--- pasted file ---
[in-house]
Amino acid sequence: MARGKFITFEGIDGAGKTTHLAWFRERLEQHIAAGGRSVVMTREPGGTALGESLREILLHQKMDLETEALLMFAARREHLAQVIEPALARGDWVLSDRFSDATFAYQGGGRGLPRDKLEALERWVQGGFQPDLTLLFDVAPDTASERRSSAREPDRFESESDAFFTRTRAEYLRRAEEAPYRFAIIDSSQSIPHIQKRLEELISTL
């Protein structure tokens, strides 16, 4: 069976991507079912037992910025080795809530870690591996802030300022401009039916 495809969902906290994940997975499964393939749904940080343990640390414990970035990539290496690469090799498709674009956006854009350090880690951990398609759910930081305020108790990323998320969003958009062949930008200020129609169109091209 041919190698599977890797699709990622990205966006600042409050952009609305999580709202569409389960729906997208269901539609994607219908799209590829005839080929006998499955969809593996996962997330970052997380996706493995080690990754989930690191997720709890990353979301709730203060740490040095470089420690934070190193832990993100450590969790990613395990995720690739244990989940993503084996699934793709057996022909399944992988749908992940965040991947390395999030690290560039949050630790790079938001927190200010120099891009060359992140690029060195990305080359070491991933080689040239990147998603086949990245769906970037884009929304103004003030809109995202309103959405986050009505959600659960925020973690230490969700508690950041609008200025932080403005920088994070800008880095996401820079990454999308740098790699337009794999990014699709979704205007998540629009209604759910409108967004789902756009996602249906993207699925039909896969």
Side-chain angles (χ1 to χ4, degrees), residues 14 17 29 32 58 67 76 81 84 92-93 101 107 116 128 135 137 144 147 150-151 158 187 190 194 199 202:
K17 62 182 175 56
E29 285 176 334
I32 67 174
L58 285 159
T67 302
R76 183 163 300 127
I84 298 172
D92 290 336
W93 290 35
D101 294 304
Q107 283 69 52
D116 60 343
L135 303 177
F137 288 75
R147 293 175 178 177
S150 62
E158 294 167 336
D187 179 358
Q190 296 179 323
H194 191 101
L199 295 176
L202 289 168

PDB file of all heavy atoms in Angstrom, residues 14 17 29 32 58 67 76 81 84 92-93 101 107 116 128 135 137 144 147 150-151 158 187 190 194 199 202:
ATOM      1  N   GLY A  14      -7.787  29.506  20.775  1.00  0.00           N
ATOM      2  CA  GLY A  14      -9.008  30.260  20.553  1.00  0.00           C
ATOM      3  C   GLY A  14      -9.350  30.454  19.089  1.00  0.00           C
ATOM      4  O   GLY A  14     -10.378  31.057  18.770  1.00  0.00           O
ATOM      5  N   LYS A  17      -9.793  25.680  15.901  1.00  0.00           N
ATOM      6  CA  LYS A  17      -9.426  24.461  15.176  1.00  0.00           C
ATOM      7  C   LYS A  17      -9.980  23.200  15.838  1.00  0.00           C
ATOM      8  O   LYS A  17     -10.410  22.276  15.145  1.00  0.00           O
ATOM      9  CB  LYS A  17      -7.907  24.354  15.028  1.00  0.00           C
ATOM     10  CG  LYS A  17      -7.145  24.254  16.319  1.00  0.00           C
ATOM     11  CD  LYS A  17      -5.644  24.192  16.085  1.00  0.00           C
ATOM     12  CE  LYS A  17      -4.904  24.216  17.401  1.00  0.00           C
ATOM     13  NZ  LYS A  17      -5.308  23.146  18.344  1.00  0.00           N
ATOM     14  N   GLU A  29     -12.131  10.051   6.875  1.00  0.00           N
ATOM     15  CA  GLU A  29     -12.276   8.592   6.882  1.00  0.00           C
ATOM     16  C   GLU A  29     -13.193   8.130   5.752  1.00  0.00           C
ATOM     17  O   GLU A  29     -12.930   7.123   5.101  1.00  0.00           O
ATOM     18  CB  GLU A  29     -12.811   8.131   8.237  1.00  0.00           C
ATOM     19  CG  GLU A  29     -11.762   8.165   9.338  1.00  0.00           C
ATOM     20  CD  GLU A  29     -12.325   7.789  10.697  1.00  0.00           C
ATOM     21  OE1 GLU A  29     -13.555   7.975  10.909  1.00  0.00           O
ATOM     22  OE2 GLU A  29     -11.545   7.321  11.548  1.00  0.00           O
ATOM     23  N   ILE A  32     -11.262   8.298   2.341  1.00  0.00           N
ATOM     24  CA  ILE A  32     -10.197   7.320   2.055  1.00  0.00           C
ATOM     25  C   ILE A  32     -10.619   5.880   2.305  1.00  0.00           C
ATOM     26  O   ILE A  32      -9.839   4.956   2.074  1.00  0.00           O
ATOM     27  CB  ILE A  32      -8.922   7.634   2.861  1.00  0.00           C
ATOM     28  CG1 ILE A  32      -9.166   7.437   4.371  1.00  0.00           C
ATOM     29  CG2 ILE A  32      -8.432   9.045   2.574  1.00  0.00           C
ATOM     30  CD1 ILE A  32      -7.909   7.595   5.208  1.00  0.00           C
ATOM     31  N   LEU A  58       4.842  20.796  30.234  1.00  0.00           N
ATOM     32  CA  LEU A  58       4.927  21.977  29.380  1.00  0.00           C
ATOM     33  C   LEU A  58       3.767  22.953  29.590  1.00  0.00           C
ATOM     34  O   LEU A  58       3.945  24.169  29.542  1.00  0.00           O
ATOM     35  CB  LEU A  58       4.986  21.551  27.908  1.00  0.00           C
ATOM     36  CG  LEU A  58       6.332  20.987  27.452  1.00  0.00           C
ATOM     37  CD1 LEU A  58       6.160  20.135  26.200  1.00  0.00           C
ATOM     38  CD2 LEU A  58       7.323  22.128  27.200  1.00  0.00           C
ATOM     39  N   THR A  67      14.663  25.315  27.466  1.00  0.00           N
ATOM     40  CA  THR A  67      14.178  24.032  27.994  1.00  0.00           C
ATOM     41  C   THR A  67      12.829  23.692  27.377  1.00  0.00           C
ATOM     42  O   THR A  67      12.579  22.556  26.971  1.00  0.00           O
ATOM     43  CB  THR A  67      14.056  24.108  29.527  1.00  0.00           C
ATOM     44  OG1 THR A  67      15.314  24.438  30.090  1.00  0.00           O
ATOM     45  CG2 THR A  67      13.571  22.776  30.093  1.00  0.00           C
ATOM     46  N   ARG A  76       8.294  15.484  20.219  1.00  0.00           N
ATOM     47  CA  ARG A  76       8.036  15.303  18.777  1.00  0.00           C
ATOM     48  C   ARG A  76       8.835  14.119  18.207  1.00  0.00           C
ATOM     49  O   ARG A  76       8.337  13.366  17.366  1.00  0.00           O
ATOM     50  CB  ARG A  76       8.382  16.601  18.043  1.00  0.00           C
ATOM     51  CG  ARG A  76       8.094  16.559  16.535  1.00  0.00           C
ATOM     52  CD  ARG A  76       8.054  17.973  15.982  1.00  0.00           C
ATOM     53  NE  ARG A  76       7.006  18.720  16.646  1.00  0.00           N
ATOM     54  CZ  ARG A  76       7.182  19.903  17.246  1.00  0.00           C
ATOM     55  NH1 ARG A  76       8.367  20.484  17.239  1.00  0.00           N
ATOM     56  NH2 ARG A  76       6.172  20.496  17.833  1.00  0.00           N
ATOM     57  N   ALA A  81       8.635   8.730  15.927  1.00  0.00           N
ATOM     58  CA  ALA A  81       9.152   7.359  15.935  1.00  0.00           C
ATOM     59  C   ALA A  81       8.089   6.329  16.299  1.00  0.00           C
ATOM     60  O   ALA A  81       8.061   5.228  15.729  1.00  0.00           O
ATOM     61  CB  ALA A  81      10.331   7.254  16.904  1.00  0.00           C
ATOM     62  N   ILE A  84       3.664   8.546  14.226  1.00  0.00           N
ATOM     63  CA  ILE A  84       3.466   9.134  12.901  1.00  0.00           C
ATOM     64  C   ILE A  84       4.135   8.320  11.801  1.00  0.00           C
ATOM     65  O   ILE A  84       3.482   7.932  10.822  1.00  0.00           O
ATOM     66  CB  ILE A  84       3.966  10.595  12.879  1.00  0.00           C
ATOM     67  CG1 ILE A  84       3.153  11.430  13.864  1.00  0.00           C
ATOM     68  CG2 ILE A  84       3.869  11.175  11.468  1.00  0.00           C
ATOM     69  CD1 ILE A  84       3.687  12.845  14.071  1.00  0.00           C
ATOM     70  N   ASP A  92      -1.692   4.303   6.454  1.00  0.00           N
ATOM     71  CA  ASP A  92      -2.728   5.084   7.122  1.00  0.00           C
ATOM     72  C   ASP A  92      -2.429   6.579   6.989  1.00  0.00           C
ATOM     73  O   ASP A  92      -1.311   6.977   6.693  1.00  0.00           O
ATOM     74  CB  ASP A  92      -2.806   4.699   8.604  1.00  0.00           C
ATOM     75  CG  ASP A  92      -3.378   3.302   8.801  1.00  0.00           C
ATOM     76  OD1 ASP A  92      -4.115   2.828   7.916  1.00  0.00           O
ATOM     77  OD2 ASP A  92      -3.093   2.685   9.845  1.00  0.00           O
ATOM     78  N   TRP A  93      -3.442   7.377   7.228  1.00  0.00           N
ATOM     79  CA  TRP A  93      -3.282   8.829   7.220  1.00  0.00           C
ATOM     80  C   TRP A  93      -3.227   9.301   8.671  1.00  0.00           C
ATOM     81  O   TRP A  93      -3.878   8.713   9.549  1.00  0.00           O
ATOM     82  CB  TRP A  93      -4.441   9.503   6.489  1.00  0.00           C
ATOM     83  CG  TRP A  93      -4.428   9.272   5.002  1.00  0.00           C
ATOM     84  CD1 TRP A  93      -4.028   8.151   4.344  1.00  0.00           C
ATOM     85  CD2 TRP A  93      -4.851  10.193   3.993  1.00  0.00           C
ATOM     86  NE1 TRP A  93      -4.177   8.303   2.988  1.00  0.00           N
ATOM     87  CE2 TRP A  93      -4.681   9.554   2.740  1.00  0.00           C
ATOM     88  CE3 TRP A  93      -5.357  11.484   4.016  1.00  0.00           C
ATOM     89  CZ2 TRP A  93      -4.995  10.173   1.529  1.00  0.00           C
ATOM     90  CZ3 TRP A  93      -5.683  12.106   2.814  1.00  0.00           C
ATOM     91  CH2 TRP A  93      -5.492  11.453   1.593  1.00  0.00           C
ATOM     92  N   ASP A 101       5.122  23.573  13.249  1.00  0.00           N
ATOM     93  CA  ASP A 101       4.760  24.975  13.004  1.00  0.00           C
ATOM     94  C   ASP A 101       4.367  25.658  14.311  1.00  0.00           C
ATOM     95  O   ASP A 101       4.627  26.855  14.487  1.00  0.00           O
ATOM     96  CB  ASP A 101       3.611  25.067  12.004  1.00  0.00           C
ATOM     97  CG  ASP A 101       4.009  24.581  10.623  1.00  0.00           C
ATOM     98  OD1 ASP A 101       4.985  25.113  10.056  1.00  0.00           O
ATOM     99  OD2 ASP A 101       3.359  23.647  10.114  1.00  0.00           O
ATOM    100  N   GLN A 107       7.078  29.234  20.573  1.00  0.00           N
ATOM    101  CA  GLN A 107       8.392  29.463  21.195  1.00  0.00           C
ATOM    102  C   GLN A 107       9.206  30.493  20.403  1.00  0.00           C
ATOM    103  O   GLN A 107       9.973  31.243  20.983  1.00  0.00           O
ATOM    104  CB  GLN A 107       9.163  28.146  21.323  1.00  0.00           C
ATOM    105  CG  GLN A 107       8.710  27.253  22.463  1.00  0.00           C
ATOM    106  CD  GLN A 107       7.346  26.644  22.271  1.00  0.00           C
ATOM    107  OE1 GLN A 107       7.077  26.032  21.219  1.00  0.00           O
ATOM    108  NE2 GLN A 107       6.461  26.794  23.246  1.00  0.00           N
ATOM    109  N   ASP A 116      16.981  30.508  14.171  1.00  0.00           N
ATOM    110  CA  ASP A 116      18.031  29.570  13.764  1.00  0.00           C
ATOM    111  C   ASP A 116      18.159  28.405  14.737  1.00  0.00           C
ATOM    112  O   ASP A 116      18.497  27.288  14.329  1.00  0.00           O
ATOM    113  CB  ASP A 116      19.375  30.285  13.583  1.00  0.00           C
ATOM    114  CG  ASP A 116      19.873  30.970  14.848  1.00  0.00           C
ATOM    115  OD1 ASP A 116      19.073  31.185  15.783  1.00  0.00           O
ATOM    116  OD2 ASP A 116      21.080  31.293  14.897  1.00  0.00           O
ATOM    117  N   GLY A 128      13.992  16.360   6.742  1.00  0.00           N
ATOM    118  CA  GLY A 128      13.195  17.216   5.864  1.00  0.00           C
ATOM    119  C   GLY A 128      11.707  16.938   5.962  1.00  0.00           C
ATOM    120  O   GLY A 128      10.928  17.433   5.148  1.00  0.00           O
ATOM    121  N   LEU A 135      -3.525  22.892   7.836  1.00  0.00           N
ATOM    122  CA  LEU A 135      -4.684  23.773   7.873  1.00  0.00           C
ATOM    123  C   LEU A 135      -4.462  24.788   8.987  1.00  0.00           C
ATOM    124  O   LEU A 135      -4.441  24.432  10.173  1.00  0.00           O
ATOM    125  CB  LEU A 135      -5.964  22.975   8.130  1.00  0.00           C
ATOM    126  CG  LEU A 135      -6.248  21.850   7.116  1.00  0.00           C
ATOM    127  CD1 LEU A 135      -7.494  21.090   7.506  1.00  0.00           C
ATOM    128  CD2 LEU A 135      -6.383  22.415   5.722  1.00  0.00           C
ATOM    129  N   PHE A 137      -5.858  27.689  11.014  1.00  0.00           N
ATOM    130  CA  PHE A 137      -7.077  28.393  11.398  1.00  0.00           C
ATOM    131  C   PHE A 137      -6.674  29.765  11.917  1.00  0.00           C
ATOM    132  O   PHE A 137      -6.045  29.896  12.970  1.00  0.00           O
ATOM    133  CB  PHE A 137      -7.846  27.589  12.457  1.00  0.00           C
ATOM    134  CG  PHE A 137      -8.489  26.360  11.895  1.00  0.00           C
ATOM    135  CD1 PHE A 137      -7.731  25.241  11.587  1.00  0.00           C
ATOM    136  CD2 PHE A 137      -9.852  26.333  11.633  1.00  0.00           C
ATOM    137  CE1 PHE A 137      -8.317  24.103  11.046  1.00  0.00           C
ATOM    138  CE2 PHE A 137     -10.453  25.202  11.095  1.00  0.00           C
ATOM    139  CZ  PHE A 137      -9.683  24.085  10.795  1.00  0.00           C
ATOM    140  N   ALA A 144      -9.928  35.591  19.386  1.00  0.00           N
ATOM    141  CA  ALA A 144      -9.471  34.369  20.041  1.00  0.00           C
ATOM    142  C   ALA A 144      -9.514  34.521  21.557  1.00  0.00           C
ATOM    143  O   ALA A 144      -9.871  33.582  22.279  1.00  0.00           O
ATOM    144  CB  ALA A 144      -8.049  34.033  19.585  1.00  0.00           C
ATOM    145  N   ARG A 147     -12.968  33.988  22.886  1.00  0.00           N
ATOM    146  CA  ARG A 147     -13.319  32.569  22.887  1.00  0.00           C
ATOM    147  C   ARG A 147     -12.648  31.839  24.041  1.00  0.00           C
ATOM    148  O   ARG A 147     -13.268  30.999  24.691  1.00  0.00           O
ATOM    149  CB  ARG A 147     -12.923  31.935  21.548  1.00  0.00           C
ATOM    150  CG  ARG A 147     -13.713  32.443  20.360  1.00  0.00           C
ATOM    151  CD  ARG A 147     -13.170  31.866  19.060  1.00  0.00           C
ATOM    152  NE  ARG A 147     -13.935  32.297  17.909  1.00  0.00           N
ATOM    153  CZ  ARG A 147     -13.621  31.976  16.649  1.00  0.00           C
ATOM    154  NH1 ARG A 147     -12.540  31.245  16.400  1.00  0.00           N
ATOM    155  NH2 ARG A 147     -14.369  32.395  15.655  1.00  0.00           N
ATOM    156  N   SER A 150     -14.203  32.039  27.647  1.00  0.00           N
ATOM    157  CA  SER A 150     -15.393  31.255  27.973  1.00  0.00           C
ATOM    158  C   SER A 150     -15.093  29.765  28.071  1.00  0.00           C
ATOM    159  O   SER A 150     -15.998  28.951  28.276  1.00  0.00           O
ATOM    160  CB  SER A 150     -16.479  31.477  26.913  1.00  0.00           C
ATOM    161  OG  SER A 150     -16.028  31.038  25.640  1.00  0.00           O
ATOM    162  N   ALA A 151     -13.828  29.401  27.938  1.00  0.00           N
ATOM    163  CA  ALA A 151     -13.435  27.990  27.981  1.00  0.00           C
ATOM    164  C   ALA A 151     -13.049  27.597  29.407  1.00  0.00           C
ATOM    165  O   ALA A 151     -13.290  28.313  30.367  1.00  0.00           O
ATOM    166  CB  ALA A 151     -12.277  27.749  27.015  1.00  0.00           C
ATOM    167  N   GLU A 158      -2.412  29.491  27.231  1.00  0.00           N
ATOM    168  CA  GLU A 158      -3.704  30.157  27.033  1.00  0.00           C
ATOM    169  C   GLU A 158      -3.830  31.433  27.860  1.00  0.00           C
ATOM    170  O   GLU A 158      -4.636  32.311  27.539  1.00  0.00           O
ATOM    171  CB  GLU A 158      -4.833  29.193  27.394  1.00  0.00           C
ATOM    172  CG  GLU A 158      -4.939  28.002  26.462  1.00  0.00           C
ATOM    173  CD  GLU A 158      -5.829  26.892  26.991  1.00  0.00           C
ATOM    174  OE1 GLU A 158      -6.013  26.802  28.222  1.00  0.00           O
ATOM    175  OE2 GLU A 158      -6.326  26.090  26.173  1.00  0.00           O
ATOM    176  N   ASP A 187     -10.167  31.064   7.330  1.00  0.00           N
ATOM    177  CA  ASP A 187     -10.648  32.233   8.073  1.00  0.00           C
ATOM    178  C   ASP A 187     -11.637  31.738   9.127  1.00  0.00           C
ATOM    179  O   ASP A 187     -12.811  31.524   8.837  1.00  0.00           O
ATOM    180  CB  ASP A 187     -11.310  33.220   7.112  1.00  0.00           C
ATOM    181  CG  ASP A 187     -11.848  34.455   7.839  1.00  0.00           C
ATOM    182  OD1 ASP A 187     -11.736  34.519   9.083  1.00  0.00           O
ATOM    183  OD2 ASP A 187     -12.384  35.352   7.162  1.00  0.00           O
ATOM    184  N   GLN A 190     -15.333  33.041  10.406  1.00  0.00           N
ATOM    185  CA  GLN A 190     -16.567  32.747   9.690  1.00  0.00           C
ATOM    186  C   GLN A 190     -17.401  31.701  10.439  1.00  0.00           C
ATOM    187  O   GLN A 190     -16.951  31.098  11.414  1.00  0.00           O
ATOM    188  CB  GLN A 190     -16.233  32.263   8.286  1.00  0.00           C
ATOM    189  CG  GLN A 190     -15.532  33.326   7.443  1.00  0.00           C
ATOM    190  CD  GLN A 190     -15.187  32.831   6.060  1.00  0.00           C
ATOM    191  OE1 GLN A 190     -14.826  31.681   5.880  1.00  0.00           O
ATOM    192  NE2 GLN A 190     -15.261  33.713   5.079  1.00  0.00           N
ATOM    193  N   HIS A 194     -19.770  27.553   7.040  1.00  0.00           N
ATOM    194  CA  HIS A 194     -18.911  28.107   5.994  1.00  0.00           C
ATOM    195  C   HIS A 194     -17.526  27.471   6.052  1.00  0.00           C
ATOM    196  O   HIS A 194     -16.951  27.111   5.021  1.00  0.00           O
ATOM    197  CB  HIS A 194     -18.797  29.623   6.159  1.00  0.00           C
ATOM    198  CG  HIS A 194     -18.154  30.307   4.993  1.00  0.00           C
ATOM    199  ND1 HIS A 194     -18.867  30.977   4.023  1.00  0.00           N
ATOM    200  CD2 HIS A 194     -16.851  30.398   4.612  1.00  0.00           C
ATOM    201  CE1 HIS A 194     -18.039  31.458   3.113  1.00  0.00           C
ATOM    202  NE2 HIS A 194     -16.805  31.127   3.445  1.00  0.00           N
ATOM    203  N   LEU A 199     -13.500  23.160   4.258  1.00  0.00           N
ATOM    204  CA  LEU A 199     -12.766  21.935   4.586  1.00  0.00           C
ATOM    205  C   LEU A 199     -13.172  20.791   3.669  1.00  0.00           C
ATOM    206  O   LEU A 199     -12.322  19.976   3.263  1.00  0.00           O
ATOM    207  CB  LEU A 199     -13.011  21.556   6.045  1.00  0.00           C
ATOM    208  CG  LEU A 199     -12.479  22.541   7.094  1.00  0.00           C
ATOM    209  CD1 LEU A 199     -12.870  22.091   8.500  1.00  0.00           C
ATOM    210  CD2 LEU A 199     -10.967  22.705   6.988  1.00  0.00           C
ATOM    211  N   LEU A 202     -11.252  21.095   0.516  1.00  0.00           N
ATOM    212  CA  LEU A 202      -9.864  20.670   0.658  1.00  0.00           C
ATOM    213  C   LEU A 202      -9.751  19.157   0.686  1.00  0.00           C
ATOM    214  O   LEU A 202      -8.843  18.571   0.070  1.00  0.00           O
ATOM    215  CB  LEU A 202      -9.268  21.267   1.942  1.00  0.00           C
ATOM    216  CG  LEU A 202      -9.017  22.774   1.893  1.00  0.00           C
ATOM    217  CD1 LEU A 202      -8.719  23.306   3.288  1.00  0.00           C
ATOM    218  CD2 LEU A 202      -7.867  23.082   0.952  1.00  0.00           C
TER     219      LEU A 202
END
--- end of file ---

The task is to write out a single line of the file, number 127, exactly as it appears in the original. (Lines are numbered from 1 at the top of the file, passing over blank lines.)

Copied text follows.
ATOM    100  N   GLN A 107       7.078  29.234  20.573  1.00  0.00           N